Chemotherapy and surgery are two ways to treat cancer, but these procedures are expensive and invasive. What are some of the less invasive alternatives? Jessica speaks with Dr. John Adler, a neurosurgeon at Stanford Medical School and founder of Cyberknife, a medical device that destroys solid tumors without anesthesia, or harm to healthy tissue. Dr. Adler describes how he is pioneering less invasive treatment of tumors, from scratch.
During the New York newspaper strike of 1963, people missed reading the New York Times Book Review. A literary group of friends—including New York Review of Books founding editors Bob Silvers and Barbara Epstein—decided to start a book review of their own. With essays on politics, science, art, and books, the New York Review of Books has become an iconic literary institution. Bob speaks with Jessica about the launch and life of the New York Review of Books, from scratch.
‘Before you say anything, let me be the first to admit that relocating from one football stadium to another to watch a bunch of highly paid young men kick a ball about is not the most serious crisis facing humankind in these worrying times. But it is a big issue for me.’ – Brian WilliamsWest Ham United, the object of an irrational affection that has dominated the life of journalist and writer Brian Williams, has moved from its old home to what was the Olympic Stadium in Stratford.
Muck Rack makes it simple to find people, tweets, or articles that mention any name, keyword, company, hashtag etc. We've compiled this guide to help you make the most of your search.
Selecting a term
Start searching tweets, articles from media outlets, articles mentioned in tweets, journalists'
names, titles and bios with some suggested searches:
Companies or Topics (e.g. iPhone, Microsoft)
Phrases (e.g. "cloud computing") — use quotes to keep the terms together
Twitter handles (e.g. @username) — returns those who have mentioned or replied to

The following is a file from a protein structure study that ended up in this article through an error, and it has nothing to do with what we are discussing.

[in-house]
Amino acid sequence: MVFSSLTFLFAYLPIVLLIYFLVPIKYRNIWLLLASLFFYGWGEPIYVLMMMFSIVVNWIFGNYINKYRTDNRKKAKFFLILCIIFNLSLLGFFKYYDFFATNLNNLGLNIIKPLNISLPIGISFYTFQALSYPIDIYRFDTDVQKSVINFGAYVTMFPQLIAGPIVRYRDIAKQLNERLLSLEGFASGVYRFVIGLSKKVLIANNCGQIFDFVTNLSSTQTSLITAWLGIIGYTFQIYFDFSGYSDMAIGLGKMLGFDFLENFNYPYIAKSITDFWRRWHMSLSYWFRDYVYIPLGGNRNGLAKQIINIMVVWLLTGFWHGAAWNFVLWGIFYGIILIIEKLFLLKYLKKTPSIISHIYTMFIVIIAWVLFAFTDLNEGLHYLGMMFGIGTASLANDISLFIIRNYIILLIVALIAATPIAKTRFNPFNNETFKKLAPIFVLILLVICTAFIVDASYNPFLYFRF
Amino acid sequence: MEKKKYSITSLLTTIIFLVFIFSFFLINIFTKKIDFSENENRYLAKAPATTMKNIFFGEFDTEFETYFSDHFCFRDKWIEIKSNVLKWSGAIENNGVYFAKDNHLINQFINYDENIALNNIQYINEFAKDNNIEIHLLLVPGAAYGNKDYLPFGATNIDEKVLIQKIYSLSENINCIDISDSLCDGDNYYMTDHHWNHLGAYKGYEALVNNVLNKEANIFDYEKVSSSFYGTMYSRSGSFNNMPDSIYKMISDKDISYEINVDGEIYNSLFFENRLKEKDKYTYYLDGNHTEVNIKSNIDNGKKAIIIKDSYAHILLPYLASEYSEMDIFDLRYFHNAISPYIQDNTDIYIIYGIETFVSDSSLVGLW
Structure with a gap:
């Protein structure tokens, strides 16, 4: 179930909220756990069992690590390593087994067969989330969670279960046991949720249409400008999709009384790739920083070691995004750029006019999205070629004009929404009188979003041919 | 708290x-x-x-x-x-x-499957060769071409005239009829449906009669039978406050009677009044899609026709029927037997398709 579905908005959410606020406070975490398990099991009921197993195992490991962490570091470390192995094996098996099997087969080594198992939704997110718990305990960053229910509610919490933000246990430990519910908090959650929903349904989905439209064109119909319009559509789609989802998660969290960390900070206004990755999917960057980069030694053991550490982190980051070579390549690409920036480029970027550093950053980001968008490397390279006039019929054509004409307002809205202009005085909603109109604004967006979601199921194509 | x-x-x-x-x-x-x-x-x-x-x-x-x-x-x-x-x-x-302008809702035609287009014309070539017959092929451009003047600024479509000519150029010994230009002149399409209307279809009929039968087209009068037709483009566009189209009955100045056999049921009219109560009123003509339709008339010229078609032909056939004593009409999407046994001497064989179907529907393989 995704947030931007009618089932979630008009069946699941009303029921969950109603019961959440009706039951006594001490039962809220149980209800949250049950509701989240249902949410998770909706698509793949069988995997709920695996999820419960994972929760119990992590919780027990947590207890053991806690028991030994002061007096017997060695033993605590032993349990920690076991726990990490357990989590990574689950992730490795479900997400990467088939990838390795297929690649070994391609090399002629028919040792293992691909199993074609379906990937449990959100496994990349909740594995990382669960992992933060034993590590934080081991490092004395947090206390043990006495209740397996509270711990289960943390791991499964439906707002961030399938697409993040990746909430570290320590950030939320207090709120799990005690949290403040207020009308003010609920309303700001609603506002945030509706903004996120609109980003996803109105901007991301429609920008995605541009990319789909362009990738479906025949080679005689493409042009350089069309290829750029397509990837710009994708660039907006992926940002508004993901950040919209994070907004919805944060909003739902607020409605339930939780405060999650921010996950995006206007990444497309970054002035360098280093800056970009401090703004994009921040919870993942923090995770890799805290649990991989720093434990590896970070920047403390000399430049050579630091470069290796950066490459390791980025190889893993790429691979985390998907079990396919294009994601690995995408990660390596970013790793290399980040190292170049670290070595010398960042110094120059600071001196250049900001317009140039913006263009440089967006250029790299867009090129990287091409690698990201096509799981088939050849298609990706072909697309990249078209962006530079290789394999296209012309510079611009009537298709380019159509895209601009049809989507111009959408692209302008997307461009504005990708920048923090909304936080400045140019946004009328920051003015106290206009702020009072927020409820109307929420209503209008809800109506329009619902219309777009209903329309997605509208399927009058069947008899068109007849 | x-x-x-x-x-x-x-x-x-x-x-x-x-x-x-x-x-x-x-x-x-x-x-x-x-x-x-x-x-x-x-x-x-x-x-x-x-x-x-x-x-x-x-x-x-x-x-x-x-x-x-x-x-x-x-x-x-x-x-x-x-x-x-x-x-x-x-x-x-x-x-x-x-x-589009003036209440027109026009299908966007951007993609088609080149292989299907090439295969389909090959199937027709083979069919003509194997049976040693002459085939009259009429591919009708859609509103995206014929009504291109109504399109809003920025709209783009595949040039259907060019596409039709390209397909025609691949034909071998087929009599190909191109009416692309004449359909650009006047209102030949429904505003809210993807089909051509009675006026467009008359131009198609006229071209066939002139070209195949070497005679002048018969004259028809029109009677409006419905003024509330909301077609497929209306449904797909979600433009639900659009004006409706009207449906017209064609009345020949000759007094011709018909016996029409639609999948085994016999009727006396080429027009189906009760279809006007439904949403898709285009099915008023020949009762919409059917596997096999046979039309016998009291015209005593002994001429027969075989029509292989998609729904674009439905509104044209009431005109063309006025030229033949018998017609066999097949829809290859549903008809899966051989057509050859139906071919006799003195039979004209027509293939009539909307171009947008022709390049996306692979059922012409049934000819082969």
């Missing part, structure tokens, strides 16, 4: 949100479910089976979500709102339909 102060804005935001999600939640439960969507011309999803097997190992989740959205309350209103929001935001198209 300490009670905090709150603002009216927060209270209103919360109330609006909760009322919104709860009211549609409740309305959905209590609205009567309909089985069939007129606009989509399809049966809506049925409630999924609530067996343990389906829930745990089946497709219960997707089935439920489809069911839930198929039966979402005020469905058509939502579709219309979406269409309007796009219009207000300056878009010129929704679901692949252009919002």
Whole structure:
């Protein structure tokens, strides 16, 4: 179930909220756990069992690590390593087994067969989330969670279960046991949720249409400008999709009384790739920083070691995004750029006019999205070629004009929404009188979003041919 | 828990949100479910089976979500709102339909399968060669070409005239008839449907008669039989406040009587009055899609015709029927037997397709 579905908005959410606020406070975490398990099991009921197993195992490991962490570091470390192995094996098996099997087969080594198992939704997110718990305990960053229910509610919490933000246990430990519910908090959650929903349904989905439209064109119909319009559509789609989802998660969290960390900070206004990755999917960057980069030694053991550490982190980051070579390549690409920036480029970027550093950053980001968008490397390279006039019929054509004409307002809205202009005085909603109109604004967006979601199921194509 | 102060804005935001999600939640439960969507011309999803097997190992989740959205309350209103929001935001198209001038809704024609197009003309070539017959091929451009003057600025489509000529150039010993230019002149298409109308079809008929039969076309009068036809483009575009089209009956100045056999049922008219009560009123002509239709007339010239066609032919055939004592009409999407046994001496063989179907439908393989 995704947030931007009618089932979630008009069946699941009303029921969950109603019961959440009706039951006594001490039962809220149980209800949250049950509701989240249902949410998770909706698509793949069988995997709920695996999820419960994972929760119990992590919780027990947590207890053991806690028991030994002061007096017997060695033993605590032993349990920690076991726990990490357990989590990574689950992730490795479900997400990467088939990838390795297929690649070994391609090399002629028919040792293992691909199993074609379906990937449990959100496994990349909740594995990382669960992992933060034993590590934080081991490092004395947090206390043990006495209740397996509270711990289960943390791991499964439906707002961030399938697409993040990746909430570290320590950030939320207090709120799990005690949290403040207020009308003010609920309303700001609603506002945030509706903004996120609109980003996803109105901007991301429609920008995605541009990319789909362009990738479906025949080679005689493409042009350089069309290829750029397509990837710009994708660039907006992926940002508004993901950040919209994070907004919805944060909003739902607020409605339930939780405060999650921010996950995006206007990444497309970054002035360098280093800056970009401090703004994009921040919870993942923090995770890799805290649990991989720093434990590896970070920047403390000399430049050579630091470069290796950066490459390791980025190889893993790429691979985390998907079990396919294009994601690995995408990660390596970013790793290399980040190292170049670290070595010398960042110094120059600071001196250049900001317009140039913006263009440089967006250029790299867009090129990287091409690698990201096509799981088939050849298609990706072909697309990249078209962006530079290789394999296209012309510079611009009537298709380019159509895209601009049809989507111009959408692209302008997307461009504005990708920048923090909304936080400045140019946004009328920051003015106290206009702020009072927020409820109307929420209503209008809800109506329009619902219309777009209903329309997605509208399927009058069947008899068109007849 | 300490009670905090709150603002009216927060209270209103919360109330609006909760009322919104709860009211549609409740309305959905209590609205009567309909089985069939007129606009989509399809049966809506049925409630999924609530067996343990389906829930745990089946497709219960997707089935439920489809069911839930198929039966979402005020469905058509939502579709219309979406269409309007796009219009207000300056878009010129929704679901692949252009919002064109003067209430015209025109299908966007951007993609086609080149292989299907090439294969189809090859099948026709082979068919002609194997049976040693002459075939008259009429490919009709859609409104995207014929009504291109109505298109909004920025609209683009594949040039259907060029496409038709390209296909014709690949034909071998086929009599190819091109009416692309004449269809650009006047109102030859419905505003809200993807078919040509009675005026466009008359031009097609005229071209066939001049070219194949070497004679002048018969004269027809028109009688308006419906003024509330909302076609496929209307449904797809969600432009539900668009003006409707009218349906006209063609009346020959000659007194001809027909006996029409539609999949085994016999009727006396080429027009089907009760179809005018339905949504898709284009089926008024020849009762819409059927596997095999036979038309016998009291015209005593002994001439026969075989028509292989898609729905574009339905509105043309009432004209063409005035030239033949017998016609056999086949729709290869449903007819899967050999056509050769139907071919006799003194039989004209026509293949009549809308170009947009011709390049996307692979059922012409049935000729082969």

Names (e.g. "David Pogue")
Hashtags (e.g. #sxsw, #london2012)
Bio details (e.g. vegan, Olympics, father)
Muck Rack's Advanced Search allows for many boolean operators.
Find results that mention multiple specified terms, use AND or
+. For example, ensure each result contains both Elon Musk and Mark Zuckerberg by
searching Musk AND Zuckerberg or Musk + Zuckerberg.
Use the operators OR or , to broaden your search when you'd like either of
multiple terms to appear in results. (This is the default behavior of our search when no operators
are used). For example, results will contain either cake or cookie by searching cake OR cookie or cake,cookie
Use NOT or - to subtract results from your search. For
example, searching Disney will yield results about the Walt Disney Company as well as Walt Disney
World Resort. To exclude mentions of Disney World, search for Disney -World or Disney
When using one of these operators with a phrase, enclose it in quotation marks. For example, you can
find results about smartphones excluding Apple's iPhone 4S by searching smartphone -"iPhone
Exact case matching or punctuation
If you're searching for a brand name or keyword that relies on specific punctuation marks or capitalization, you can
find results that match your exact query by adding matchcase: before the keyword you're searching for, like matchcase:E*TRADE .
Use parentheses to separate multiple
boolean phrases. For example, to find journalists talking about having fun in Disney World or
Disneyland, search for ("disney world" OR disneyland) AND fun.
An asterisk can be used to search for any variation of a root word truncated by the asterisk. For example, searching for admin* will return results for administrator, administration, administer, administered, etc.
A near operator is an AND operator where you can control the distance between the words. You can vary the distance the near operation uses by adding a forward slash and number (between 0-99) such as strawberries NEAR/10 "whipped cream", which means the strawberries must exist within 10 words of "whipped cream".